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Multiple dwellings relief and "stranger danger"

Posted on 20 February 2023

Since 2011, multiple dwellings relief (MDR) has been available to potentially reduce Stamp Duty Land Tax (SDLT) charges where a buyer purchases at least two residential properties (or purchases a dwelling that is linked to another property purchase). Where MDR is claimed, rather than paying SDLT on each of the transactions, SDLT is payable based on the mean chargeable consideration for the total transactions, subject to a 1% minimum of the total consideration.  

MDR is always a key consideration for multiple or linked property purchases, however it may not always produce a reduced SDLT cost. Because of this, MDR must be claimed in order to apply, and is not usually claimed unless it does indeed produce an SDLT saving. Buyers can claim MDR within 12 months of filing the land transaction return for their purchase.

Being able to claim MDR after a purchase is useful if the buyer realises that they could have saved SDLT by claiming MDR after the event. However, scammers use this fact and the information about buyers and properties that is publicly available at HM Land Registry to cold-call buyers of multiple properties to "assist them" in claiming refunds of "unknowingly overpaid SDLT". These agents of course take a fee for such "assistance".

Some clients receive phishing letters informing them that with proper advice they could have, and should have, claimed MDR to save SDLT. This is of course not always correct.

HMRC noticed an uptake in such approaches to buyers, discovering that up to a third of these SDLT MDR refund claims are incorrect. In some cases they found agents proposing more aggressive schemes suggesting that a buyer could structure their purchase of a single dwelling as two and claim MDR to reduce the overall SDLT charge.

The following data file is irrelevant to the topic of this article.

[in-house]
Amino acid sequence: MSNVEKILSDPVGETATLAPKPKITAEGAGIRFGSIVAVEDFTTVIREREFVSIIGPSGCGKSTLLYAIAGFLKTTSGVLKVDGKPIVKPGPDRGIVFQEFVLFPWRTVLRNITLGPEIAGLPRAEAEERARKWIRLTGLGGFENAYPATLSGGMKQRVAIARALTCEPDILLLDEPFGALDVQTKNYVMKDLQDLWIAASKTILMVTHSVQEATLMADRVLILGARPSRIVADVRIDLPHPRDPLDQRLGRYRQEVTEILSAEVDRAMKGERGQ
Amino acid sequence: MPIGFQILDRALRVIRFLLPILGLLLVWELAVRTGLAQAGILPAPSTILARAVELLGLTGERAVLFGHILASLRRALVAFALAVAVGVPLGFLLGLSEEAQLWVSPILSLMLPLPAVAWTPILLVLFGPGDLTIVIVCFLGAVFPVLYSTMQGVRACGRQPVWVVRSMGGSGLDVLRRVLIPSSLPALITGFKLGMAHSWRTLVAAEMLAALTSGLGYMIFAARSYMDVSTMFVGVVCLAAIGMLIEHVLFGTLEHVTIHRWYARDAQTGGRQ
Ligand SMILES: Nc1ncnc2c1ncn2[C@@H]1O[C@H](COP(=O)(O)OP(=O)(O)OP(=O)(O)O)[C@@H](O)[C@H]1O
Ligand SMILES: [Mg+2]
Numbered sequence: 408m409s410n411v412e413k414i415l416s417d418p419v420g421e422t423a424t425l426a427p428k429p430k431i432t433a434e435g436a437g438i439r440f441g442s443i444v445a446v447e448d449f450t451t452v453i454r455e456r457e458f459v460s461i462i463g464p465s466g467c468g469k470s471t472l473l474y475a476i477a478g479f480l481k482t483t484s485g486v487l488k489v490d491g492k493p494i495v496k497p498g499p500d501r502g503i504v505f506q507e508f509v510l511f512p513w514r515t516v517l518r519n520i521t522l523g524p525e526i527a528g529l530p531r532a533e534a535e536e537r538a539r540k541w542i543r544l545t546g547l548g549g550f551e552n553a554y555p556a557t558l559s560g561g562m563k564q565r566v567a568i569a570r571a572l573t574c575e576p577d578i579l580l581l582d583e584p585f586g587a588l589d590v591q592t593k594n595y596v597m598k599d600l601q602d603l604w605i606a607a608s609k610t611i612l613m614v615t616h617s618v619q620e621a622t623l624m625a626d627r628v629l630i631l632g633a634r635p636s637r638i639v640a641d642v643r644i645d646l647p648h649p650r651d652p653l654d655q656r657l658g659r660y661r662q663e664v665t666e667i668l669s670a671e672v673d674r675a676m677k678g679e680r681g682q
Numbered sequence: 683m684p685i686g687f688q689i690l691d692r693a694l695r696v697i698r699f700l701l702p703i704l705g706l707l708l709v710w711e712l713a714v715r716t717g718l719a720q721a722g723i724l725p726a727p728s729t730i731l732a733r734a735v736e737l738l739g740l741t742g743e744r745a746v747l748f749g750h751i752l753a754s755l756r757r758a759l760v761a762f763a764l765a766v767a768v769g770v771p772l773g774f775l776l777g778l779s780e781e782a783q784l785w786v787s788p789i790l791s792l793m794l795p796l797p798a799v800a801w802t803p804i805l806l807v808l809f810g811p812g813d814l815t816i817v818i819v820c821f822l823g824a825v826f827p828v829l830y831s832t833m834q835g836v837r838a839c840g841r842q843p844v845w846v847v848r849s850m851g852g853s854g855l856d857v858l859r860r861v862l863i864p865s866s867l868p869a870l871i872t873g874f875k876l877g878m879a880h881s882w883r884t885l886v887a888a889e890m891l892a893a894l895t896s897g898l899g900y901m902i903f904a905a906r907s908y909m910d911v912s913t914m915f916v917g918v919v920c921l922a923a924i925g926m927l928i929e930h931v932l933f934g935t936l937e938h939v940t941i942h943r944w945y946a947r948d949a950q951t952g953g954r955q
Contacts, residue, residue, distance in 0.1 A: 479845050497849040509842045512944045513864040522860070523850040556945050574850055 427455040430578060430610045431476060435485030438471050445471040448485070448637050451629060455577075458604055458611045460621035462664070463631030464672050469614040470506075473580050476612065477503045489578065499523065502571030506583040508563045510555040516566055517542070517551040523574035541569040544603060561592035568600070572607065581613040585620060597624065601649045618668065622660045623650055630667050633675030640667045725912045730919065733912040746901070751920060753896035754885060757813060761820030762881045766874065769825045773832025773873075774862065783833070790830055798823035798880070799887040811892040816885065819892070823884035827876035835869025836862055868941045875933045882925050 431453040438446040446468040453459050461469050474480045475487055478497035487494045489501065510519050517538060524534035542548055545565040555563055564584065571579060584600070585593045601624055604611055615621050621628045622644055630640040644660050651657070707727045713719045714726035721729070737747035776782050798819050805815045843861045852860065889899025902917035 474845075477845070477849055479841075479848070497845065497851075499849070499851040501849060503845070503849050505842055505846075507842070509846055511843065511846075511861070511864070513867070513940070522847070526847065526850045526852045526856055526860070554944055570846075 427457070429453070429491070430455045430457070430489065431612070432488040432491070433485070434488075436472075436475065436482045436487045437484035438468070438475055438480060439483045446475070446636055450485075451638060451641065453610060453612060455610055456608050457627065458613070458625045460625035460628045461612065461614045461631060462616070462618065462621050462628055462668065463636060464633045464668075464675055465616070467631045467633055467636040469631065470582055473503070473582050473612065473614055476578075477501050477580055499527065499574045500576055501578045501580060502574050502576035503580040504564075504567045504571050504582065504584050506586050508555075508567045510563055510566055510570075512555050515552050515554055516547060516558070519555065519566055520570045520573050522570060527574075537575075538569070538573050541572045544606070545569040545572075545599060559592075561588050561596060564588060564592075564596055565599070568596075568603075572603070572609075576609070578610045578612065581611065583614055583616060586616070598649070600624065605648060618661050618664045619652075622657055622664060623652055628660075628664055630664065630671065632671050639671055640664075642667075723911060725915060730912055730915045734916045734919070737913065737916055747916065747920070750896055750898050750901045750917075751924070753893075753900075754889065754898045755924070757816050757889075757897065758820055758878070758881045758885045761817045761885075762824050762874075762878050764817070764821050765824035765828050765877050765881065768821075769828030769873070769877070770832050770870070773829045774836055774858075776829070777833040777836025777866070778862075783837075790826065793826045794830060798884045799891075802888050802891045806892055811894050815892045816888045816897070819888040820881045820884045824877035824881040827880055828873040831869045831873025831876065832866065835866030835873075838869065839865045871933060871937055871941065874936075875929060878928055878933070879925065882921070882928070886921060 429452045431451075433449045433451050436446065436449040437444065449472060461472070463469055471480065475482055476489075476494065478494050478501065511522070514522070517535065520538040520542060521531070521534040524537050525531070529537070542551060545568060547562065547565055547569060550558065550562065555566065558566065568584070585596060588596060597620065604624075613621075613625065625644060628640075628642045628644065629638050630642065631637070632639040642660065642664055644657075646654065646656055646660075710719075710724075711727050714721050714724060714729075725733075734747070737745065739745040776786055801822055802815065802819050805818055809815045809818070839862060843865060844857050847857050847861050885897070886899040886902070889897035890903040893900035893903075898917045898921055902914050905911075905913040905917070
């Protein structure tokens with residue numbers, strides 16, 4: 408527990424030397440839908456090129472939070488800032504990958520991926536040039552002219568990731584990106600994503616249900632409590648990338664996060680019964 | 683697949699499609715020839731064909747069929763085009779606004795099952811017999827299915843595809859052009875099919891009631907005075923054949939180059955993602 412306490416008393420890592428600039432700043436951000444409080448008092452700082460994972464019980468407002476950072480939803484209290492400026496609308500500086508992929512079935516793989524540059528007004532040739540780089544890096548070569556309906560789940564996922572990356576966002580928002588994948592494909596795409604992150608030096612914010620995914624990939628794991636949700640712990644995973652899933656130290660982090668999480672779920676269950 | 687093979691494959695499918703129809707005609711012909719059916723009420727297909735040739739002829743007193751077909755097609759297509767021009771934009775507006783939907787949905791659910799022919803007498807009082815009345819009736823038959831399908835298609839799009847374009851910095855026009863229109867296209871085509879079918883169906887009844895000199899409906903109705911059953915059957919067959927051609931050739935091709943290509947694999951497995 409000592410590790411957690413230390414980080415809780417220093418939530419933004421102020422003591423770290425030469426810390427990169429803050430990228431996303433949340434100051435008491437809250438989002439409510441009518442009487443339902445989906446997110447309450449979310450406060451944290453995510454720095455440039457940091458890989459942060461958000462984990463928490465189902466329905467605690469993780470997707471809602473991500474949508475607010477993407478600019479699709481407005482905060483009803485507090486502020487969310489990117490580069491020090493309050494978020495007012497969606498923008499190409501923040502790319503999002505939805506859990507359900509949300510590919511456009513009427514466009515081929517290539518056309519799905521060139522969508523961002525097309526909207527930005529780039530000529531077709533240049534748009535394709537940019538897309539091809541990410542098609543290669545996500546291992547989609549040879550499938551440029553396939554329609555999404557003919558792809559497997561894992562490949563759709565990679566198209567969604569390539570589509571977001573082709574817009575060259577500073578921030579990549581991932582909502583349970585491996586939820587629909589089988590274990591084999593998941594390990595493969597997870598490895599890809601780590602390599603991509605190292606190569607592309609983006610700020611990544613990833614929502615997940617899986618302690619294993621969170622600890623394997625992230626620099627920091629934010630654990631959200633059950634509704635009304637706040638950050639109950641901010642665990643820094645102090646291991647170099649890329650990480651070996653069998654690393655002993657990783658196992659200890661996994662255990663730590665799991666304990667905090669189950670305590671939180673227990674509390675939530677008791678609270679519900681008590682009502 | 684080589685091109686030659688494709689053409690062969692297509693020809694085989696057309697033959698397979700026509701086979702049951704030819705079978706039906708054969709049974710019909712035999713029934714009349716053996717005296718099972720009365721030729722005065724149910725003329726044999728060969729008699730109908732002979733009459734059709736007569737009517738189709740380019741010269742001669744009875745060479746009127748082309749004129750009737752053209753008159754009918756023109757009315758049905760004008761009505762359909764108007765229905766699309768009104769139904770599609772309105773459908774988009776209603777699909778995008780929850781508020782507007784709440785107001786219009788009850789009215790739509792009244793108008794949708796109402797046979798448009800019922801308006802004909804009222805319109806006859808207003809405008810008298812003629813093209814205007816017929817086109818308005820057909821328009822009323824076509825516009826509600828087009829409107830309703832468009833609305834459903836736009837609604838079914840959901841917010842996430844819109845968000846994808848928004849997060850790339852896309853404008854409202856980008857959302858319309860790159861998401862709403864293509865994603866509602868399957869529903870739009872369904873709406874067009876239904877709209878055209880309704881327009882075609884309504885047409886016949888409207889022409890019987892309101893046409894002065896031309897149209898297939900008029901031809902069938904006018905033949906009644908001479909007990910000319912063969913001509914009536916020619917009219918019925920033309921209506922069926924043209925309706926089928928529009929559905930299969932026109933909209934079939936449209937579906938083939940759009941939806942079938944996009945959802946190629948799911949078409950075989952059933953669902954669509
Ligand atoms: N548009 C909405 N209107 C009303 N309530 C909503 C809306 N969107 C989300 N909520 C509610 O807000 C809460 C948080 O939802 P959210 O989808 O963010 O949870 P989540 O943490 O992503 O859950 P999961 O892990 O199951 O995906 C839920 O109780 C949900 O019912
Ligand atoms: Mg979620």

In its statement on the issue, HMRC notes:

HMRC raise enquiries on these claims, but sometimes that is after the agent has taken their fee, leaving the homeowner to pick up the difference. Incorrect refund claims must be repaid with interest, with some potentially facing penalties as well…

An agent making speculative claims… could be seen by HMRC to have breached [acceptable standards and behaviour]…

One-third is a significant proportion of failed MDR claims. However, some of those refunds will no doubt be innocently incorrect claims. Equally, this means that around two-thirds of such claims are legitimate and accepted, which is a sizeable majority. In many cases therefore, MDR is available and should be claimed where it would reduce an SDLT charge for the buyer, sometimes considerably.

In a changeable economy and property market, an MDR SDLT saving is given all the more reverence by buyers – and by scammers targeting them. It is therefore important to give due consideration to MDR when buying homes. However, extra care should be taken when approached by a stranger alleging to be your "SDLT guardian angel".

Our team of real estate tax experts at Mishcon de Reya is available to provide bespoke advice and assist with any MDR claims.

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